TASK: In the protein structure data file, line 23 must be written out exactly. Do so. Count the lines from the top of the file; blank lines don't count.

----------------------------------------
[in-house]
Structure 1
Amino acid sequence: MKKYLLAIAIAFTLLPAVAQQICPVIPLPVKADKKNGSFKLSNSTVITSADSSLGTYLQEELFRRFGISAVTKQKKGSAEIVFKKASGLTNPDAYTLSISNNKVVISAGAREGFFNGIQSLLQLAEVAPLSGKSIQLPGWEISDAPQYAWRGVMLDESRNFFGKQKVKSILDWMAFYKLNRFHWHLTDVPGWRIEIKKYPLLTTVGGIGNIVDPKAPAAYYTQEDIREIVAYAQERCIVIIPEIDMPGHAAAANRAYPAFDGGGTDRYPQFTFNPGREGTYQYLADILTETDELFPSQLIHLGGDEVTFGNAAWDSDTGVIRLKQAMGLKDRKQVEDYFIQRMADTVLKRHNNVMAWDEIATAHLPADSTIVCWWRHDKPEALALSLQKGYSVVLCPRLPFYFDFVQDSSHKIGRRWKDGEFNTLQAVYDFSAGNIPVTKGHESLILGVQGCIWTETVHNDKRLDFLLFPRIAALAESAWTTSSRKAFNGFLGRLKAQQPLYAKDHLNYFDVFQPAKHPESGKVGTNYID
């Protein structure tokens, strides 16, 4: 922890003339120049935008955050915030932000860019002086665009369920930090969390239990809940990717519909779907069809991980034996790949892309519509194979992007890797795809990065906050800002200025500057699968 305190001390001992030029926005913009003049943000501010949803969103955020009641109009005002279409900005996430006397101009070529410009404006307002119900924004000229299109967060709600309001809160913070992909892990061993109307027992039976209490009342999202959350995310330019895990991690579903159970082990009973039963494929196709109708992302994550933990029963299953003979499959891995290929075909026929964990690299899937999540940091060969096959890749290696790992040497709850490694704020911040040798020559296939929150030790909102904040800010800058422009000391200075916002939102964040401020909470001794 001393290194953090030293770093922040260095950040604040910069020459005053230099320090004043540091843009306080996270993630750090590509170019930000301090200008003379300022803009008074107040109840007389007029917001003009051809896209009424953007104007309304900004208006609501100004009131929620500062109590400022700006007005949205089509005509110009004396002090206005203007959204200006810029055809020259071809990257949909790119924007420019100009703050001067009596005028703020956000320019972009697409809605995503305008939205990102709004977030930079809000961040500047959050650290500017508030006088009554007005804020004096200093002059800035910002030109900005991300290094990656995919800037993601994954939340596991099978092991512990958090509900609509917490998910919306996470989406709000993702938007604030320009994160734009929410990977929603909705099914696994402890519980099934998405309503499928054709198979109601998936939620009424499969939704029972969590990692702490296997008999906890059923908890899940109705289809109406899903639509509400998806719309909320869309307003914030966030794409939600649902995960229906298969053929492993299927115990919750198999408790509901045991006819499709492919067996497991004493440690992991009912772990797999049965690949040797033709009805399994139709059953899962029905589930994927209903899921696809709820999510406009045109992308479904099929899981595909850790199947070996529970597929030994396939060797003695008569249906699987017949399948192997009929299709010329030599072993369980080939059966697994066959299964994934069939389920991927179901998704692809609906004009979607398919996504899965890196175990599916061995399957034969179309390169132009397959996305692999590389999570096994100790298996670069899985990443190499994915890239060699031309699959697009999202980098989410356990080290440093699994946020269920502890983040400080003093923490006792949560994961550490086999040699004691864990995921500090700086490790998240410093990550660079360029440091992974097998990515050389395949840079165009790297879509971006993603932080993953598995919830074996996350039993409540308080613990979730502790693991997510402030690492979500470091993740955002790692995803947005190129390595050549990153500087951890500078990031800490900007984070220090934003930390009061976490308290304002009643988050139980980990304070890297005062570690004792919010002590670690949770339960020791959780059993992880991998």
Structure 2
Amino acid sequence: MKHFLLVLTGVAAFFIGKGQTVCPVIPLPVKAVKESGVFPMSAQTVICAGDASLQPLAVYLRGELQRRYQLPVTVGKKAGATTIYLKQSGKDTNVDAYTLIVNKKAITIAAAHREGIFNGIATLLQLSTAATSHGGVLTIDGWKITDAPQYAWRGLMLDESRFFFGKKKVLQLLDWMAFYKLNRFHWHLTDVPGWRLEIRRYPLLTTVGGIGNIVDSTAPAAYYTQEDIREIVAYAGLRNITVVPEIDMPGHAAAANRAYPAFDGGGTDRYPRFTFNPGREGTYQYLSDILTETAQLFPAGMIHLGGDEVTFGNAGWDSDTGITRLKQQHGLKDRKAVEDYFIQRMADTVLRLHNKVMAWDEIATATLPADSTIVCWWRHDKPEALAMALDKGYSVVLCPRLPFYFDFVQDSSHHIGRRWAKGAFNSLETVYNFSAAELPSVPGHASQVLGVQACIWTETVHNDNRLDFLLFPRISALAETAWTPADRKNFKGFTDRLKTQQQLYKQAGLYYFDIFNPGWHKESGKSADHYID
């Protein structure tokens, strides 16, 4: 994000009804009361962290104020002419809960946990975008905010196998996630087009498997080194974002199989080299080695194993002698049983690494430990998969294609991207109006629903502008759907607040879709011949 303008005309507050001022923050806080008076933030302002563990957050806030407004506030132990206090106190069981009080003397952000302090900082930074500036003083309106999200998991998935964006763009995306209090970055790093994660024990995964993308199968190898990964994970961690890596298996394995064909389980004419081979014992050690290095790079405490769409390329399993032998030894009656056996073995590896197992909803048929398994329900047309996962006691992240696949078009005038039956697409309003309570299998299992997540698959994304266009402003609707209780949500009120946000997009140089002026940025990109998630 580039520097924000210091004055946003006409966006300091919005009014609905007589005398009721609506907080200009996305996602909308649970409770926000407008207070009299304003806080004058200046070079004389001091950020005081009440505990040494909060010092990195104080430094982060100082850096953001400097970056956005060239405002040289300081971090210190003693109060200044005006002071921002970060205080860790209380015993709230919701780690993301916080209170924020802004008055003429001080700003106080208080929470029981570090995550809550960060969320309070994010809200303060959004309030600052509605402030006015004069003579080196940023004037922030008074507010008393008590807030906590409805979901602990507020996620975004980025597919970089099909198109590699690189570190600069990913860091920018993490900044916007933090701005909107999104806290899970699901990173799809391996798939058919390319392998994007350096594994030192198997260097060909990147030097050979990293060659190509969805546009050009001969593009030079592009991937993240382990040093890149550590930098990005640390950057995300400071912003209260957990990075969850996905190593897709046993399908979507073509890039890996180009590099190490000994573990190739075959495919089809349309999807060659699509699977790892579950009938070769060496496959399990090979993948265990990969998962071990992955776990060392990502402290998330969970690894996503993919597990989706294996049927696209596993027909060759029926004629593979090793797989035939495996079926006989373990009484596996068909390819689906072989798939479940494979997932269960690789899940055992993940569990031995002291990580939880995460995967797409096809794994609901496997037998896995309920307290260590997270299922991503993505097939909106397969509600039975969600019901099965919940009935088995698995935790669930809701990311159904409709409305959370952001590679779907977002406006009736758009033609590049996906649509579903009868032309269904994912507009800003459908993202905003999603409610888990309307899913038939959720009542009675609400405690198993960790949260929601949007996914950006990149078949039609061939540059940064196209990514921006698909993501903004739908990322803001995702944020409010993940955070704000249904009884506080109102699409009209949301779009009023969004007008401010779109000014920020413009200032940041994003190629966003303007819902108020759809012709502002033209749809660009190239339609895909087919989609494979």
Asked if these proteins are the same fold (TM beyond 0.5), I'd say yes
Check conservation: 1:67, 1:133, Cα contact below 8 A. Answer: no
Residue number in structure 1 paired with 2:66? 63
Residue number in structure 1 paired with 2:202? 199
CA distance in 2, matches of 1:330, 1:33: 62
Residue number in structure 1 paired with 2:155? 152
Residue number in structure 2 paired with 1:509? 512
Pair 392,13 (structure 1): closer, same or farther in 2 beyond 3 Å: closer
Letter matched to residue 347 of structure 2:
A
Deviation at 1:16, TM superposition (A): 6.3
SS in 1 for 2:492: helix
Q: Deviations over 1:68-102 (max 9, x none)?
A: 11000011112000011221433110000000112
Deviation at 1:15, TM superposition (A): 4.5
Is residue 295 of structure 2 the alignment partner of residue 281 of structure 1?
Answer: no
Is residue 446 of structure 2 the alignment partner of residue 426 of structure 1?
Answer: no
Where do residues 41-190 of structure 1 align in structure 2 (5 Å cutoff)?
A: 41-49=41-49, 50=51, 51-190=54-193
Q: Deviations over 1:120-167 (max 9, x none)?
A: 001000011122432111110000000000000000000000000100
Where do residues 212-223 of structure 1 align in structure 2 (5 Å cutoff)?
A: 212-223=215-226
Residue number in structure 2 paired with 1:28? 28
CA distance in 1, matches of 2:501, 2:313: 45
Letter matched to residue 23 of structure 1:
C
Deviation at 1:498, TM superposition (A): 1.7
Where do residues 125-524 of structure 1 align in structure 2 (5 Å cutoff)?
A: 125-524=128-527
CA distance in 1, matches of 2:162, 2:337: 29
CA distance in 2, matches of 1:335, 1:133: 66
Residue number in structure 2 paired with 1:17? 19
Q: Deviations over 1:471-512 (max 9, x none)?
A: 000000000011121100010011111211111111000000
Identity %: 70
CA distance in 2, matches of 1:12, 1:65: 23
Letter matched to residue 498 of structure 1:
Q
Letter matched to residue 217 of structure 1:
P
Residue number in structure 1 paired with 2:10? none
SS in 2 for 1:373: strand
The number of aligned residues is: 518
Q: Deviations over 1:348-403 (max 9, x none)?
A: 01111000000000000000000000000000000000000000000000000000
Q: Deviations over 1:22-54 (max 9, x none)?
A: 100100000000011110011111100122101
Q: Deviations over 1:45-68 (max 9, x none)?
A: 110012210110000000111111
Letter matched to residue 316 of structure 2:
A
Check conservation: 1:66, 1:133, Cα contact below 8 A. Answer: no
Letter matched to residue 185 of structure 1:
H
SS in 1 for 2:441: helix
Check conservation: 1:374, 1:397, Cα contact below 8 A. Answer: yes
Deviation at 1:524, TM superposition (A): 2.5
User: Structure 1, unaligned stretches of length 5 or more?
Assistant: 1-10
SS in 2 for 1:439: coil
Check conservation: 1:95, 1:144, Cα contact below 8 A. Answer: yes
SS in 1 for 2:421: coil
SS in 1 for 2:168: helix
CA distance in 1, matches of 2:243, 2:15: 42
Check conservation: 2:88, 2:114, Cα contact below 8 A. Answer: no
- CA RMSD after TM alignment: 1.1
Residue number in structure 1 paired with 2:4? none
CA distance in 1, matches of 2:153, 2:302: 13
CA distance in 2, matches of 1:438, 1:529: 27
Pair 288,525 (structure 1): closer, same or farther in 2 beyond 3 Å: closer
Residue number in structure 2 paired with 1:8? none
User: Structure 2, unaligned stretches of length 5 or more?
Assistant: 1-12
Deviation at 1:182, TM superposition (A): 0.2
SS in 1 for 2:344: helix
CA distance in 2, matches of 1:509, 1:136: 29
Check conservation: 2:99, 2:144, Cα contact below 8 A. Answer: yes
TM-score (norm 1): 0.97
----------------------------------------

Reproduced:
Is residue 295 of structure 2 the alignment partner of residue 281 of structure 1?